I’ve spent the last year or so writing notes and fleshing out chapters for a book called Performance Testing Web Applications, so imagine my very slight feeling of annoyance when I did a google search for my book title and found that someone had released a very similar book 3 months earlier…

J.D. Meier, Carlos Farre, Prashant Bansode, Scott Barber, and Dennis Rea have collaborated on a book called Performance Testing Guidance for Web Applications, which is available either as a free download, or in dead-tree format through Amazon.

Performance Testing Guidance for Web Applications

The book is really good, so I highly recommend that you grab a copy and have a read.


Published On: November 28, 2007Tags: ,


  1. Chris December 12, 2007 at 5:57 pm

    ooh excellent! I will get started reading immediately and share this link with my coworkers! (The props will all be mine)

    Thanks Stu!

  2. Dmitry Motevich December 13, 2007 at 12:02 am

    I’ve started reading of this book.
    Actually, this is an excellent book for any performance tester. A kind of “must have” book 🙂

    Thank you, Stuart, for sharing info on this book!

  3. Chris Meisenzahl December 13, 2007 at 12:05 am

    I grabbed that last week myself, good stuff! 😉


  4. Linden December 13, 2007 at 10:03 am

    Thanks Stu…I love you in a professional way 😉

  5. Scott Barber December 13, 2007 at 4:12 pm

    I guess it’s lucky for me then, that the only part of the title that I had any part in selecting was the word “Guidance”. 😉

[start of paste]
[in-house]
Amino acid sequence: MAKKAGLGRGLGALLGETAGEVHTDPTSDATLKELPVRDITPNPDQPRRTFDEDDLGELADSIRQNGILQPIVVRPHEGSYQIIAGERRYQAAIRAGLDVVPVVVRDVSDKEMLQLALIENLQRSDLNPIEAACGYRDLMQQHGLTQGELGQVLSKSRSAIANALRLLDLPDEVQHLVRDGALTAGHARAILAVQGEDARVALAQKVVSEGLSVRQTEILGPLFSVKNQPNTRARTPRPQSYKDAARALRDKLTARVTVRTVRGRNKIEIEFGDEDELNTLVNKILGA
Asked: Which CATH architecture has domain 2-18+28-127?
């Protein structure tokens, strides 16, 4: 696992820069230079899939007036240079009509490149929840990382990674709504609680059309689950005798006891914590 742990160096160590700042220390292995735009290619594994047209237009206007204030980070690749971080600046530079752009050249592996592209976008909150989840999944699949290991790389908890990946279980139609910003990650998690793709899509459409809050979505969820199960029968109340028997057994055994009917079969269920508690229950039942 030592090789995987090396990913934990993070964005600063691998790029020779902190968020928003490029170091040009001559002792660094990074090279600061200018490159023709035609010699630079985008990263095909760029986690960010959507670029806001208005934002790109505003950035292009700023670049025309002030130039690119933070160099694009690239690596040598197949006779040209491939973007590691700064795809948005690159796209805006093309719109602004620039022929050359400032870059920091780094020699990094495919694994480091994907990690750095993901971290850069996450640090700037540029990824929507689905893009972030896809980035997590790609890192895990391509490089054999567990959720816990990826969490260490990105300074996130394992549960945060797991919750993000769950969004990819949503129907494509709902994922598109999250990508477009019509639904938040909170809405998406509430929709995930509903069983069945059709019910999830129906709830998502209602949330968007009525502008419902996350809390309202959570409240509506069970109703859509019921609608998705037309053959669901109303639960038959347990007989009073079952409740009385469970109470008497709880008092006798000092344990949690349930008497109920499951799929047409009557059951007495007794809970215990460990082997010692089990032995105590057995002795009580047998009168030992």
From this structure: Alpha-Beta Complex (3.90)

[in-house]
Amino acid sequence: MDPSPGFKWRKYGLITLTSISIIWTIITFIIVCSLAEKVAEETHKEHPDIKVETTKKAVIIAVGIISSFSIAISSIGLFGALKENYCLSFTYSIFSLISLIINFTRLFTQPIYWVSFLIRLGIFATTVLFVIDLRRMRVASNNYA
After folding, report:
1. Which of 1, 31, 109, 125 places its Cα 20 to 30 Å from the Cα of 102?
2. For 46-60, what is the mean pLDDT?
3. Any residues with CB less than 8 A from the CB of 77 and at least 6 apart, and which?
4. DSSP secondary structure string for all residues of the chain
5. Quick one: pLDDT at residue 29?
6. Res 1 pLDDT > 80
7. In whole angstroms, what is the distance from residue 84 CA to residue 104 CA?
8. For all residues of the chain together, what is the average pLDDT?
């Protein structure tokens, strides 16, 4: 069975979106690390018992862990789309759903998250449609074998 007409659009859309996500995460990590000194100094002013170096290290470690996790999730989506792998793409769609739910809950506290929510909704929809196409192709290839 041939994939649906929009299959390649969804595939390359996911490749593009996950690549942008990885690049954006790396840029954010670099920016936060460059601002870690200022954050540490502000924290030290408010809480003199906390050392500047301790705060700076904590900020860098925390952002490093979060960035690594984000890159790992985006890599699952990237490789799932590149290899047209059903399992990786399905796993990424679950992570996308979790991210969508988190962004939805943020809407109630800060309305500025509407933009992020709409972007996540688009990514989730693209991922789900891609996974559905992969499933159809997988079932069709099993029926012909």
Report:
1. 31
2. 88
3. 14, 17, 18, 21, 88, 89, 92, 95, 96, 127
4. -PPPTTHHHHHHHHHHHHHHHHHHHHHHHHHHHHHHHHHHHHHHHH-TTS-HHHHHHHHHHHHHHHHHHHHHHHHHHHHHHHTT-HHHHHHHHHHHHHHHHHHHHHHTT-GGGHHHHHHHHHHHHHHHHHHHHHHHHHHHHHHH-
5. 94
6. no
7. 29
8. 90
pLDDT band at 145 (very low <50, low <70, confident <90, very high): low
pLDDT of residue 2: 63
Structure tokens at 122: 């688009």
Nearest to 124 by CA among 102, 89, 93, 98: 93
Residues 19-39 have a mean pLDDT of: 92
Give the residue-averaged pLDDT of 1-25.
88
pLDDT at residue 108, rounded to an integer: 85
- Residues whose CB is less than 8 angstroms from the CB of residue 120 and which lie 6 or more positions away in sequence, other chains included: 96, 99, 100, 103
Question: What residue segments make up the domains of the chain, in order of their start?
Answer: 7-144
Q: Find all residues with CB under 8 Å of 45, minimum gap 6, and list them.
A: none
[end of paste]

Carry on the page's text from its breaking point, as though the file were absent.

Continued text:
I can’t tell you how good it feels to read positive feedback about the book. I won’t bore you with the details, but imagine what it’s like trying to write a tool, technology, & process agnostic book where 3 members of the core team and at least half of the reviewers have more than enough content to write the book on their own, with a goal of not alienating any of the industry factions, with remote & asynchronous team members, within the bounds of the MS style-guide and bureaucracy, and without the message getting watered down to the point of uselessness. I think it was almost as complicated as actually *doing* good performance testing! 🙂

    All kidding aside, there are parts of the book that I love and parts that I’m already ready to re-write. That said, if the book does nothing other than give the authors, trainers, bloggers, researchers, and doers a common point of reference to debate over and grow from, then I will be happy with the outcome (even if ALL of the growth ends up being counter to the guidance in the book!)

    I would like to encourage folks to submit reviews on Amazon. I don’t make any money off of book sales, so please don’t hesitate to add the link to the .pdf version or the MSN web-based version if you’d rather not promote the “dead tree” format, as Stuart put it.

    Happy reading!

    Scott Barber
    President & Chief Technologist, PerfTestPlus, Inc.
    Vice President & Executive Director, Association for Software Testing

    “If you can see it in your mind…
    you will find it in your life.”

  6. Corey Goldberg December 15, 2007 at 5:25 am

    Well hopefully you will go forward with your book anyway. The more published material about performance testing, the better!

    all you need is a new title 🙂

  7. Sargon Benjamin April 6, 2008 at 2:55 pm

    Kudos to Scott for helping author the guide. I actually worked for Alberto Savoia (Agitar Founder/CTO), one of the folks who wrote a foreward for the guide. The guide itself is awesome and informative though it can be verbose in some areas. Maybe thats just the MS guidelines at work 🙂 I’ll keep my eyes on the lookout for an update should you choose to do so. For now, I can only say thanks BIG time.

  8. krishna July 14, 2011 at 8:34 pm

    can i have any of u people number plz.i have lot of doubts

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